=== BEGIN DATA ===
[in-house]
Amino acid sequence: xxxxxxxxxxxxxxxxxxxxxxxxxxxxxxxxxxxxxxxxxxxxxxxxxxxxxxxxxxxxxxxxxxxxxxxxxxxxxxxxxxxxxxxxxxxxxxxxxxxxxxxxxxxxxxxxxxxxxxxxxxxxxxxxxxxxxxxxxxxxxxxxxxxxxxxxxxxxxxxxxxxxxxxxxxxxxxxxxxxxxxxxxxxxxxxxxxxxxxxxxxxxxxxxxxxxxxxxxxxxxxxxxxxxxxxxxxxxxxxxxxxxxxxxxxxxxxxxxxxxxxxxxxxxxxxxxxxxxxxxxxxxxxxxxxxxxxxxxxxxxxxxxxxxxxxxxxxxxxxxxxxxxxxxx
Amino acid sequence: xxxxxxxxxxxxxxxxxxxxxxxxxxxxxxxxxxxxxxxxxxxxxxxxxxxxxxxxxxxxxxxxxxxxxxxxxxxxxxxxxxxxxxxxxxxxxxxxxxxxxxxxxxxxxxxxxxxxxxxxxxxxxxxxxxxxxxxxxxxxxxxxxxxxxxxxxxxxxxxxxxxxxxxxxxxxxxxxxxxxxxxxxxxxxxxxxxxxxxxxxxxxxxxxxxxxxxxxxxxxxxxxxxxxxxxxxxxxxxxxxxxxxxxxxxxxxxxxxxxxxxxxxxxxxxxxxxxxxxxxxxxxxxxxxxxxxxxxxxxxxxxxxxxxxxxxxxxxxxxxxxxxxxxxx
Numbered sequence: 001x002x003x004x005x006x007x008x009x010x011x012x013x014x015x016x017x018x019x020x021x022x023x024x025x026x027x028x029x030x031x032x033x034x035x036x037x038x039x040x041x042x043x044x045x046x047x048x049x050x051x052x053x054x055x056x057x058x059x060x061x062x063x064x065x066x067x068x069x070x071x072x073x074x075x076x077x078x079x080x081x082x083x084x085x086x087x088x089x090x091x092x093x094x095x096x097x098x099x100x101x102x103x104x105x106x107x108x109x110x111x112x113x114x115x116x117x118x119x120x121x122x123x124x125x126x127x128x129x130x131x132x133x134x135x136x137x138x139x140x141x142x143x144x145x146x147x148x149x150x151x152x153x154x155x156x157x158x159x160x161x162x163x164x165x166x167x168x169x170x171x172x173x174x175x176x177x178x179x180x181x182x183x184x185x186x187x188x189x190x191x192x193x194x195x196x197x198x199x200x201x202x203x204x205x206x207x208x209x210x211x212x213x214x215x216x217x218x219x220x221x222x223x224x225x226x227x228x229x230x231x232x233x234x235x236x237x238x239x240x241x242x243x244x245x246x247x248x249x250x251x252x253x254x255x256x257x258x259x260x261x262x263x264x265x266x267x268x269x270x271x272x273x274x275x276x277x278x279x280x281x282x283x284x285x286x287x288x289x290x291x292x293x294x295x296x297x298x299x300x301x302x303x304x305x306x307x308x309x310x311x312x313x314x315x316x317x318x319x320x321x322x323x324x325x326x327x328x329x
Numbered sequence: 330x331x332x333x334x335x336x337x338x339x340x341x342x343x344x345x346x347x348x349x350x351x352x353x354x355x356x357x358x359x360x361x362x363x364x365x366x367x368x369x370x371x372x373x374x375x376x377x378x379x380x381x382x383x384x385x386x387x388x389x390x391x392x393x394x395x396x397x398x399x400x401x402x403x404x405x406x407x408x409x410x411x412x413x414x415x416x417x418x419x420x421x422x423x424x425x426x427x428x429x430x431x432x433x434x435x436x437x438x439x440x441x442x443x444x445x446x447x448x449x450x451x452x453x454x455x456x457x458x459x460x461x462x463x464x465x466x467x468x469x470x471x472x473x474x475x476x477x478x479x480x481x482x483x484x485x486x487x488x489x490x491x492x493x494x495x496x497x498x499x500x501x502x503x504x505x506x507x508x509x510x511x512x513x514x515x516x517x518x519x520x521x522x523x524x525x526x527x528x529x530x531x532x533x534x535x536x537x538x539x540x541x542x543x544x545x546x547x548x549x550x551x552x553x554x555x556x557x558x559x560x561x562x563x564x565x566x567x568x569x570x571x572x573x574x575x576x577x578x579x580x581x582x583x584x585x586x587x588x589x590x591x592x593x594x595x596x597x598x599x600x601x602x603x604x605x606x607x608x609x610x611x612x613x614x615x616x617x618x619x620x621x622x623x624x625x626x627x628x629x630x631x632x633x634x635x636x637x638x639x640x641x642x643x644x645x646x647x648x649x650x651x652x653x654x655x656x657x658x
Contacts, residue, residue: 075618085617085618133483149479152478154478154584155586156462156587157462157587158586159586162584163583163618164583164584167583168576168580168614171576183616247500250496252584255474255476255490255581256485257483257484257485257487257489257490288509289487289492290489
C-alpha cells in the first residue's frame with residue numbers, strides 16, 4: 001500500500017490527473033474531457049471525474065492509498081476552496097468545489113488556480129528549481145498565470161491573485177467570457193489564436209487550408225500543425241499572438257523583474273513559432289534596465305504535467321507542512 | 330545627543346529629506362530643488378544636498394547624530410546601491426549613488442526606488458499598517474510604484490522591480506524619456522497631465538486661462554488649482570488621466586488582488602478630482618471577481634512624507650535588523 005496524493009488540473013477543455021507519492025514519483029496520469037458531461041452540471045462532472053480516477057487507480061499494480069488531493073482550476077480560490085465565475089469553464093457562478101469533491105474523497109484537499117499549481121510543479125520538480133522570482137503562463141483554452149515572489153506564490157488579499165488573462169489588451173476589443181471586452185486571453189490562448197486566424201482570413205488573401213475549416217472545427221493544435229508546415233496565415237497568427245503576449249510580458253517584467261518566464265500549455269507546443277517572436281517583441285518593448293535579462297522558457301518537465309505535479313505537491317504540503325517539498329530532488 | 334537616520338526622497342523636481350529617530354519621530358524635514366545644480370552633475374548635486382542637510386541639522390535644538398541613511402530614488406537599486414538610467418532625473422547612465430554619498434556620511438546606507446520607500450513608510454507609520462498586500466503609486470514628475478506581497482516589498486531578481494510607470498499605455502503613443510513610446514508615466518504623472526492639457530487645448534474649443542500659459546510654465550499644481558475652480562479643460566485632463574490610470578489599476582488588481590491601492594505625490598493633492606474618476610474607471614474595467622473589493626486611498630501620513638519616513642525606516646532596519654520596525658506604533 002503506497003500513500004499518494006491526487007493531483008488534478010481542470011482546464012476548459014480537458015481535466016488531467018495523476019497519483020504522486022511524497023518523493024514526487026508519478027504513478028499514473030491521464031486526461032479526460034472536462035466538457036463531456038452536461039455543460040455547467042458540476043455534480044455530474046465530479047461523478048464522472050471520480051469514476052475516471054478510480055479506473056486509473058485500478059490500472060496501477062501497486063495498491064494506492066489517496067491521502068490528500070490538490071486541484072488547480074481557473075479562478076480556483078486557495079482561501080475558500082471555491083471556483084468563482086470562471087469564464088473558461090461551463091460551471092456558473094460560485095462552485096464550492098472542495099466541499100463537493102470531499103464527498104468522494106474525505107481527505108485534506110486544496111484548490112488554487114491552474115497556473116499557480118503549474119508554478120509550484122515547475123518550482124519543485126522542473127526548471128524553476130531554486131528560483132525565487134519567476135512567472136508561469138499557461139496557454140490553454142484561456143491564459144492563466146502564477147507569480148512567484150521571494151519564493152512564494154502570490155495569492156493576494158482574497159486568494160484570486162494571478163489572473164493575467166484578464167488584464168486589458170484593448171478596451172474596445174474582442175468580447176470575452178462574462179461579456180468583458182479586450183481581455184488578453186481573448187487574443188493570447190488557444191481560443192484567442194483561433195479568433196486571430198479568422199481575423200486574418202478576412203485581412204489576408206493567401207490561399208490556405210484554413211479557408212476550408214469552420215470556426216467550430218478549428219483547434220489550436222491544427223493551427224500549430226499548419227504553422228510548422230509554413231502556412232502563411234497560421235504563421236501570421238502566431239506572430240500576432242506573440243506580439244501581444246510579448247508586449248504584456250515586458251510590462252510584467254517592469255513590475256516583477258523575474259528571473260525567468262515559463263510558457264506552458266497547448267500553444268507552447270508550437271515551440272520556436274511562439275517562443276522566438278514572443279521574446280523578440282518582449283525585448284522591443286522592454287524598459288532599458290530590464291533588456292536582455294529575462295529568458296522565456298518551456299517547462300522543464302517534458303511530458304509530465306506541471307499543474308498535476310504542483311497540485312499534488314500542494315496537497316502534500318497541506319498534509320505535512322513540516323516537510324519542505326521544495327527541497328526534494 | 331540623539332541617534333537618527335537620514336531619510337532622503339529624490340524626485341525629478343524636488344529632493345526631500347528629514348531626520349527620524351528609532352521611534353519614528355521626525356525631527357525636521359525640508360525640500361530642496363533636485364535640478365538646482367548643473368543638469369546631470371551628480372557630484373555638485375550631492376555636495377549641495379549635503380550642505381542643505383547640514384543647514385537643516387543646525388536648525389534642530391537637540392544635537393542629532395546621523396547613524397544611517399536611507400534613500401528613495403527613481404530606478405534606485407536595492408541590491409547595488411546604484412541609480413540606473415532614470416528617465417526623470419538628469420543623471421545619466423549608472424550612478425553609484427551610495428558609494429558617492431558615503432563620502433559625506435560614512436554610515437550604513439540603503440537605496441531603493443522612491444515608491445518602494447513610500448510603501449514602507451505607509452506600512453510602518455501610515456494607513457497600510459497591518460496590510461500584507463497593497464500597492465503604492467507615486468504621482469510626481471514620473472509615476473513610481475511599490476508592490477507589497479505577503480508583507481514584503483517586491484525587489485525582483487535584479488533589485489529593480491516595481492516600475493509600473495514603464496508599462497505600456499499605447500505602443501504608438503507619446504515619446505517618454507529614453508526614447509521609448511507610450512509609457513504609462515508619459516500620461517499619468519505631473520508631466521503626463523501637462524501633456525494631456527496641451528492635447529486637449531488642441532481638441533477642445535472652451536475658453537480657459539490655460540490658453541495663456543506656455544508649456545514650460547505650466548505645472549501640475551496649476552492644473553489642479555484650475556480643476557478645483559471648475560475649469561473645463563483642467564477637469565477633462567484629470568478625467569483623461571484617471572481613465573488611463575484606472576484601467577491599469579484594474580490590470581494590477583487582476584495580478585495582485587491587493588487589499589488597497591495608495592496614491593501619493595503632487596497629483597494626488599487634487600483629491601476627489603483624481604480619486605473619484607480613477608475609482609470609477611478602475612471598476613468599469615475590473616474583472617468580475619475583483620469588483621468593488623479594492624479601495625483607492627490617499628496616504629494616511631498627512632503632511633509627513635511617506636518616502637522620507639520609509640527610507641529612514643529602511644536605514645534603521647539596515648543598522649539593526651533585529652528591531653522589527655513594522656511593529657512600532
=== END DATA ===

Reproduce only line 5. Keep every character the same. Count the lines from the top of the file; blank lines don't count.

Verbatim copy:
Numbered sequence: 330x331x332x333x334x335x336x337x338x339x340x341x342x343x344x345x346x347x348x349x350x351x352x353x354x355x356x357x358x359x360x361x362x363x364x365x366x367x368x369x370x371x372x373x374x375x376x377x378x379x380x381x382x383x384x385x386x387x388x389x390x391x392x393x394x395x396x397x398x399x400x401x402x403x404x405x406x407x408x409x410x411x412x413x414x415x416x417x418x419x420x421x422x423x424x425x426x427x428x429x430x431x432x433x434x435x436x437x438x439x440x441x442x443x444x445x446x447x448x449x450x451x452x453x454x455x456x457x458x459x460x461x462x463x464x465x466x467x468x469x470x471x472x473x474x475x476x477x478x479x480x481x482x483x484x485x486x487x488x489x490x491x492x493x494x495x496x497x498x499x500x501x502x503x504x505x506x507x508x509x510x511x512x513x514x515x516x517x518x519x520x521x522x523x524x525x526x527x528x529x530x531x532x533x534x535x536x537x538x539x540x541x542x543x544x545x546x547x548x549x550x551x552x553x554x555x556x557x558x559x560x561x562x563x564x565x566x567x568x569x570x571x572x573x574x575x576x577x578x579x580x581x582x583x584x585x586x587x588x589x590x591x592x593x594x595x596x597x598x599x600x601x602x603x604x605x606x607x608x609x610x611x612x613x614x615x616x617x618x619x620x621x622x623x624x625x626x627x628x629x630x631x632x633x634x635x636x637x638x639x640x641x642x643x644x645x646x647x648x649x650x651x652x653x654x655x656x657x658x